Courtesy of The Orlando Sentinel
Giles is countersuing a developer he says hit him with a SLAPP lawsuit --
litigation aimed at silencing criticism.
It started in February when Giles put up a Web site complaining that the
developer, Kevin Azzouz, was spending MetroWest homeowner-association money
and unnecessarily changing the landscaping.
Azzouz and his company, Veranda Partners LLC, filed suit in mid-March,
alleging that Giles slandered the company's good name and therefore hurt
business. The suit seeks damages in excess of $15,000.
Giles counter-sued earlier this week in Orlando's 9th Judicial Circuit Court,
claiming that the developer broke the law by suing him in the first place.
Florida has an anti-SLAPP law -- strategic litigation against public
participation -- which forbids such litigation to be filed by a government
Giles' attorneys Marc Randazza and Derek Brett say that because Azzouz's
company controls the homeowners association and is responsible for the public
areas of MetroWest, it qualifies as a quasi-judicial body covered by the anti-SLAPP
Randazza, an expert in First Amendment rights and litigation, called Azzouz's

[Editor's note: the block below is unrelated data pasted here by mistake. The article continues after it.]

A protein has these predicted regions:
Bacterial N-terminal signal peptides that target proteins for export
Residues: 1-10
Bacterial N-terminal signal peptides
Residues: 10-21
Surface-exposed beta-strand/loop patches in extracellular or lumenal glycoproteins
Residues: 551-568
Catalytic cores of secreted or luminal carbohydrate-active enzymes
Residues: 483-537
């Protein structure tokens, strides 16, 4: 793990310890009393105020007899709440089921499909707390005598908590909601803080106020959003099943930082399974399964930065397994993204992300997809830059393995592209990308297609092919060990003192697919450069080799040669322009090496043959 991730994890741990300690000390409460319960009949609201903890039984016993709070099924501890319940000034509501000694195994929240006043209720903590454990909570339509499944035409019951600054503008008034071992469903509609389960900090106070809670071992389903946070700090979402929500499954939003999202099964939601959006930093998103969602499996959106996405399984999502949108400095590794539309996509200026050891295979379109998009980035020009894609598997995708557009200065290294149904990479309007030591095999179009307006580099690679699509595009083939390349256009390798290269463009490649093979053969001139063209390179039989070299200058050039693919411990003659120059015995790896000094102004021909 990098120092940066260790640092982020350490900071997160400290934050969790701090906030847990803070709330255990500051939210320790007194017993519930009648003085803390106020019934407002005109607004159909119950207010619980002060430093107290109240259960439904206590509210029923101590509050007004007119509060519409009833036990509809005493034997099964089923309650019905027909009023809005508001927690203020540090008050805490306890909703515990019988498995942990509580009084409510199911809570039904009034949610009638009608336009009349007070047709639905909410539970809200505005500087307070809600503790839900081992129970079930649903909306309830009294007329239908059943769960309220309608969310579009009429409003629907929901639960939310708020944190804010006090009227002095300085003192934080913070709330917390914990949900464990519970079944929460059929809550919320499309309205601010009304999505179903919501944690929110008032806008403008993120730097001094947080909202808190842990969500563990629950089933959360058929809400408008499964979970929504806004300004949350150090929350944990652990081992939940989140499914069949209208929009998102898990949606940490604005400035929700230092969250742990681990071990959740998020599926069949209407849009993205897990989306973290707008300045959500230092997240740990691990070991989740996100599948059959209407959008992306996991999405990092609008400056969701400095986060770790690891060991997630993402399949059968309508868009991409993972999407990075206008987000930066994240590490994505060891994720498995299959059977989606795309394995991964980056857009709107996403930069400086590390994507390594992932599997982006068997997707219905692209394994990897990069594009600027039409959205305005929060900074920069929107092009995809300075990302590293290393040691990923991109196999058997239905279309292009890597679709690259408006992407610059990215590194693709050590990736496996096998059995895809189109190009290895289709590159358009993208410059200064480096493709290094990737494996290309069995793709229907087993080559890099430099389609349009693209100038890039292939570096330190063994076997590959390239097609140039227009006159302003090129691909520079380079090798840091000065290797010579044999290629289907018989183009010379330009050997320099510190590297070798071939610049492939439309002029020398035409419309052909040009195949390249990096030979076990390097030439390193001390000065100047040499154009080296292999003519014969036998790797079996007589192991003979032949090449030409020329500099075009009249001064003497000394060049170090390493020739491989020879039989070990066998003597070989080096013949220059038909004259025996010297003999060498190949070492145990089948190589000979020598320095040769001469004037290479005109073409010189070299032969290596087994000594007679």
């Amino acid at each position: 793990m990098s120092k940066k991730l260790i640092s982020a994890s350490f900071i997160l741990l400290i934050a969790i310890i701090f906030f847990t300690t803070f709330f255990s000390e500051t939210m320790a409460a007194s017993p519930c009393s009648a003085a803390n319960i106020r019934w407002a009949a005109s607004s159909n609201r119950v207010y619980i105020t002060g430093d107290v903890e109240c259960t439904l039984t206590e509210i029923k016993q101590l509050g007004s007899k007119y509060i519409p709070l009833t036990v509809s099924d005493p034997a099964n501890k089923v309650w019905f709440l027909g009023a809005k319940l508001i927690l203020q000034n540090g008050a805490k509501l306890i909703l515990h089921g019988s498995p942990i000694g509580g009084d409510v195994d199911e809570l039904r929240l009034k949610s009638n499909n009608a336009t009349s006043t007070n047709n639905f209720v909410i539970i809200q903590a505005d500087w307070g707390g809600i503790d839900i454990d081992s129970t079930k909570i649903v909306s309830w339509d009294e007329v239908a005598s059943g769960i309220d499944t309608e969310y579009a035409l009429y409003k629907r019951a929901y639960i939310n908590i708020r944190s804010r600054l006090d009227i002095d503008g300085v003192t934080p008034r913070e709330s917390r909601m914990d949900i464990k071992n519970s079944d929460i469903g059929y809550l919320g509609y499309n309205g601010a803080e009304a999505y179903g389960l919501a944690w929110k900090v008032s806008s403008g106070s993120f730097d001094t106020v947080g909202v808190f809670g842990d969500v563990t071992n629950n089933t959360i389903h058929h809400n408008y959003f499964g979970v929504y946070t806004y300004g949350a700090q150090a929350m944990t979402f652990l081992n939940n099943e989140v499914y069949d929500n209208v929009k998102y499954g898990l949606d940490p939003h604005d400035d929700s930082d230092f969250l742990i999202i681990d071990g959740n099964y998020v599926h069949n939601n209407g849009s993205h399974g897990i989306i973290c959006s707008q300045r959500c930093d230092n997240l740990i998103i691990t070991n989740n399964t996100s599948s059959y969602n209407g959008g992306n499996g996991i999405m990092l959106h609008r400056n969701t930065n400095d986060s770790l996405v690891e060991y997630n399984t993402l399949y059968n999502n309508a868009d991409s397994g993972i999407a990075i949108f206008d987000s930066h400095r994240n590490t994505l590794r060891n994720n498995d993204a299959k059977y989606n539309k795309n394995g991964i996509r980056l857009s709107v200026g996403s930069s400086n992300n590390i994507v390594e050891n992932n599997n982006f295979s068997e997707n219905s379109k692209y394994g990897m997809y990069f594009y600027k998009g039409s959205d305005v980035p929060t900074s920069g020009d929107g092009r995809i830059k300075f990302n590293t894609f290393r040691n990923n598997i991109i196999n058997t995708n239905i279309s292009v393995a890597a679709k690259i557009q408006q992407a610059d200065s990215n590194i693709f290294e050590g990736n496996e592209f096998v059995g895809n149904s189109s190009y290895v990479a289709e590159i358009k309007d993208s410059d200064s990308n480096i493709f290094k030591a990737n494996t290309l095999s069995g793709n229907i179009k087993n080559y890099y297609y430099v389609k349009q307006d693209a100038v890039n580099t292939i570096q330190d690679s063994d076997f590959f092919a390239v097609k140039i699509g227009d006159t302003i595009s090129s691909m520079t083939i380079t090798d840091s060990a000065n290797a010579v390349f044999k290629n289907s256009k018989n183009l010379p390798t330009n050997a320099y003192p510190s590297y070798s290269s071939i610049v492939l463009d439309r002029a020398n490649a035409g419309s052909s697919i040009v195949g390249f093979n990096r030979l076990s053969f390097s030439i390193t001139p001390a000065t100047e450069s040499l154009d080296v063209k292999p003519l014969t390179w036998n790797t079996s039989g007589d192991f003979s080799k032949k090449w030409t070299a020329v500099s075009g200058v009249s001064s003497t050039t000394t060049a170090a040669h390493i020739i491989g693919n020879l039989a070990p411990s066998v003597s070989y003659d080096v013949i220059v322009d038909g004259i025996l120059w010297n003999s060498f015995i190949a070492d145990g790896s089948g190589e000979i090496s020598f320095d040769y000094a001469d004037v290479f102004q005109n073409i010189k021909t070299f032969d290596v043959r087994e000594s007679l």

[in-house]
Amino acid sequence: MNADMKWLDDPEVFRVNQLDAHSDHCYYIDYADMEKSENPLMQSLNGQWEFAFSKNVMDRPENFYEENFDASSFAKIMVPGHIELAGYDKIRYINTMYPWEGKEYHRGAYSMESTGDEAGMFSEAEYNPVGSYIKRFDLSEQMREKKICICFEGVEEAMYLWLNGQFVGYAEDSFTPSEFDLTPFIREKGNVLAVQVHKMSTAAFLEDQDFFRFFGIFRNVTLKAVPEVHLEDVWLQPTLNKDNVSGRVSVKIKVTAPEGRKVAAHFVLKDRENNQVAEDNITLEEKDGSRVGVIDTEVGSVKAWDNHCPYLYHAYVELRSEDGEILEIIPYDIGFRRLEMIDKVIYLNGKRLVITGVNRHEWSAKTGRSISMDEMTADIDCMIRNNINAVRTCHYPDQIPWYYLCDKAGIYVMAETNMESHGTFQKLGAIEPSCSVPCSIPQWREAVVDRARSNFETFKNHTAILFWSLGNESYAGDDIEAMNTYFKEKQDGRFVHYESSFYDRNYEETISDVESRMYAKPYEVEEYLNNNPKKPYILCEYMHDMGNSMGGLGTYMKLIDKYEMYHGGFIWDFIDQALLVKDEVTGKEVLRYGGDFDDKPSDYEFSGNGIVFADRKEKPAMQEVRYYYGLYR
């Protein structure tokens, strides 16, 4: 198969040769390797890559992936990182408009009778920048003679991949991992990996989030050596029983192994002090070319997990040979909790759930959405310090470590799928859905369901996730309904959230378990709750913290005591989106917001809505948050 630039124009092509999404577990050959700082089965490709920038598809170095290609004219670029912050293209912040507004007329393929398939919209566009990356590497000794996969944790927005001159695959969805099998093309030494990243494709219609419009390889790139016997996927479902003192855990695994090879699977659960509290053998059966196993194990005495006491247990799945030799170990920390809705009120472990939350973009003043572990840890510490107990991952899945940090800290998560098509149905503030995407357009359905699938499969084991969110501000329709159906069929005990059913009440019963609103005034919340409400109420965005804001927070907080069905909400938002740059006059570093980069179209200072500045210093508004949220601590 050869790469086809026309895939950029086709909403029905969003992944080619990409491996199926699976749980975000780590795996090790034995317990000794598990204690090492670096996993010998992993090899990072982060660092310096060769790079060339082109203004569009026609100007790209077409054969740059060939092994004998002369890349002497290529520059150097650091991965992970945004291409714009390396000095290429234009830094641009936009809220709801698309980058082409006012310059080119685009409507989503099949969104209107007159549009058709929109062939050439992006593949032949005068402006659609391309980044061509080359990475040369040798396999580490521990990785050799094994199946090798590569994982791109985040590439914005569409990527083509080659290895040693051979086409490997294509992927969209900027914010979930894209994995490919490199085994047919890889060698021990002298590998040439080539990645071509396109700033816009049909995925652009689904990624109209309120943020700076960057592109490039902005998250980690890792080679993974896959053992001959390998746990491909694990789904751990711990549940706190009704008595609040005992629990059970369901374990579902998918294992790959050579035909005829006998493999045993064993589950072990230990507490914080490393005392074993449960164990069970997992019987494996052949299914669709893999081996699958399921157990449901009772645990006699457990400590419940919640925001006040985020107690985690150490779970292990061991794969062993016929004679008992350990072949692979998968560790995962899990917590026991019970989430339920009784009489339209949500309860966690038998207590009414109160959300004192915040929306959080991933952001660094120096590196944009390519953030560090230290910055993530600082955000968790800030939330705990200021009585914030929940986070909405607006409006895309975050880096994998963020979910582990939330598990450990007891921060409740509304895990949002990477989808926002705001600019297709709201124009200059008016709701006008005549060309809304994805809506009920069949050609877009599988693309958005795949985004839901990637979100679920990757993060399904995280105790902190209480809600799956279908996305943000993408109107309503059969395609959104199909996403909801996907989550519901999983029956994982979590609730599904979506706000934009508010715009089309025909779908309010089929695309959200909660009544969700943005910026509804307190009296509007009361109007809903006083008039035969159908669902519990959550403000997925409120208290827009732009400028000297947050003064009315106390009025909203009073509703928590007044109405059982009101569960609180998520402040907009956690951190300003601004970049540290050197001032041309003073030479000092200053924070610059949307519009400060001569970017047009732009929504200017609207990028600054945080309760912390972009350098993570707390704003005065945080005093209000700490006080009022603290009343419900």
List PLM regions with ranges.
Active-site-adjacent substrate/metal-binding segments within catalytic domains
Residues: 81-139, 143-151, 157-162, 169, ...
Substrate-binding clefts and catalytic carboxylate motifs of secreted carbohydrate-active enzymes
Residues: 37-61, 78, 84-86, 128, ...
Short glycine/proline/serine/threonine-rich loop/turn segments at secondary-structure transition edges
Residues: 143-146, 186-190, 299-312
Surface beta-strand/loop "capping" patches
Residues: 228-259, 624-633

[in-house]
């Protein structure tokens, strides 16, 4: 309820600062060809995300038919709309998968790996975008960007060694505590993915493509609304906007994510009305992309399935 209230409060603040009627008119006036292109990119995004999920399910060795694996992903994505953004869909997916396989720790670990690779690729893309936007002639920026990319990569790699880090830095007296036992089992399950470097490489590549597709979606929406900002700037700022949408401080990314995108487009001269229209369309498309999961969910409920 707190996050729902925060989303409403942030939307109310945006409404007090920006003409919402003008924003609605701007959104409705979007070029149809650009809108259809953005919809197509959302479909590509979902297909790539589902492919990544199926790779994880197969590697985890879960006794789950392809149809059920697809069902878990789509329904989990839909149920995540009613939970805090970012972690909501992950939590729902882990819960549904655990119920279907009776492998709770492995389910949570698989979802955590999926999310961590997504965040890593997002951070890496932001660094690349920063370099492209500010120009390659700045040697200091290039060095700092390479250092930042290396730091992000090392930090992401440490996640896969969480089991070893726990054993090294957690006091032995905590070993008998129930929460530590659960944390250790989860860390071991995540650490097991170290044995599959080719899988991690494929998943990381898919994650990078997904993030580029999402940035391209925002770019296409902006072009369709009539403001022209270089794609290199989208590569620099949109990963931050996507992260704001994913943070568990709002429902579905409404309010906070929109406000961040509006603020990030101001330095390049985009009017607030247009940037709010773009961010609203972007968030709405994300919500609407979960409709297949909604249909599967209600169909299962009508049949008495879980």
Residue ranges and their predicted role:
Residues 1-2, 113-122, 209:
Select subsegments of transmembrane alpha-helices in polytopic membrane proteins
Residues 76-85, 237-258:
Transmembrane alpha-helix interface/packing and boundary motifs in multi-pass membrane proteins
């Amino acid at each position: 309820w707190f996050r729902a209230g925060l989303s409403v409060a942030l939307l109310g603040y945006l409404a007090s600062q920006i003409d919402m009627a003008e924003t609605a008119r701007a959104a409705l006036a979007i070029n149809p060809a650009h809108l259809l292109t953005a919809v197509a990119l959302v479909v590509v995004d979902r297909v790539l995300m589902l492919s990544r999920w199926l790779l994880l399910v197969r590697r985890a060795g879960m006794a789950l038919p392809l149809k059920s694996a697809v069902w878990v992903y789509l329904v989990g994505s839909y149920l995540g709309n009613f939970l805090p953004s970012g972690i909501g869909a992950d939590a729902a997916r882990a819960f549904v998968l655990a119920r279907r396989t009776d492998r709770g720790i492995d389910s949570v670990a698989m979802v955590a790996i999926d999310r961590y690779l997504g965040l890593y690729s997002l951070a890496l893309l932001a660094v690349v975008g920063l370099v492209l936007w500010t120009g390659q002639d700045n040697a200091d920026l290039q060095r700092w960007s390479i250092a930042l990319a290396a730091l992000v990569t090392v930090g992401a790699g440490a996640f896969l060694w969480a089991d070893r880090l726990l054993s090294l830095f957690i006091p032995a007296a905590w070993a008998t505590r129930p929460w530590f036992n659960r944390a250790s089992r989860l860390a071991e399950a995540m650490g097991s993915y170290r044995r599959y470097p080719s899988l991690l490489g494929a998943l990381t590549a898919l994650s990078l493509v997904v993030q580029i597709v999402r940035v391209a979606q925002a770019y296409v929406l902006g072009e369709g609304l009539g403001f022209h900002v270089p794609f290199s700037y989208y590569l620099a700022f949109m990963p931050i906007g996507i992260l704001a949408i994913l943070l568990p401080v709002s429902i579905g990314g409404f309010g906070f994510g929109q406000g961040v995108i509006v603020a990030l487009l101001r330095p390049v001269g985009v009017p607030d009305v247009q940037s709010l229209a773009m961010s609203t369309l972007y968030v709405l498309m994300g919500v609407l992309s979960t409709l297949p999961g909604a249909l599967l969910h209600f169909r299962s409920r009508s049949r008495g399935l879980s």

initial lawsuit a violation of Florida law and "a violation of Mr. Giles'
constitutionally protected rights of free speech."
Azzouz, however, says it's not a SLAPP lawsuit. He claims he simply is
exercising his right to defend himself and protect the reputation of his
company, which controls the 1,800-acre MetroWest.
"I welcome any and all opinions, but he has to behave responsibly,"
Azzouz said. "What he did was clearly out of bounds, and a judge will see
that this is pretty straightforward."
Giles, on his Web site, accused Veranda Partners of misspending the
homeowners' money by painting streets to look like bricks, removing towering
palm trees, and ripping up grass and replacing it with a costly bed of roses
and irrigation system.
Azzouz has said that none of the money was misspent and that he and his team
have worked to improve MetroWest during the past five years.
Rulon Munns, a partner in the firm representing Azzouz, said he understands
that "people have First Amendment rights, but there's a difference
between a person expressing an opinion and calling someone unscrupulous."
Giles, an Orange County deputy sheriff who works in the courthouse, said he
sticks by his original statements and thinks he is within his rights to speak
But he complimented Azzouz on recent work being done in MetroWest,
specifically on the public fountain with marble imported from Verona, Italy,
and preparations to restore some of the trees that were taken down.
"It's positive action, a step in the right direction," he said.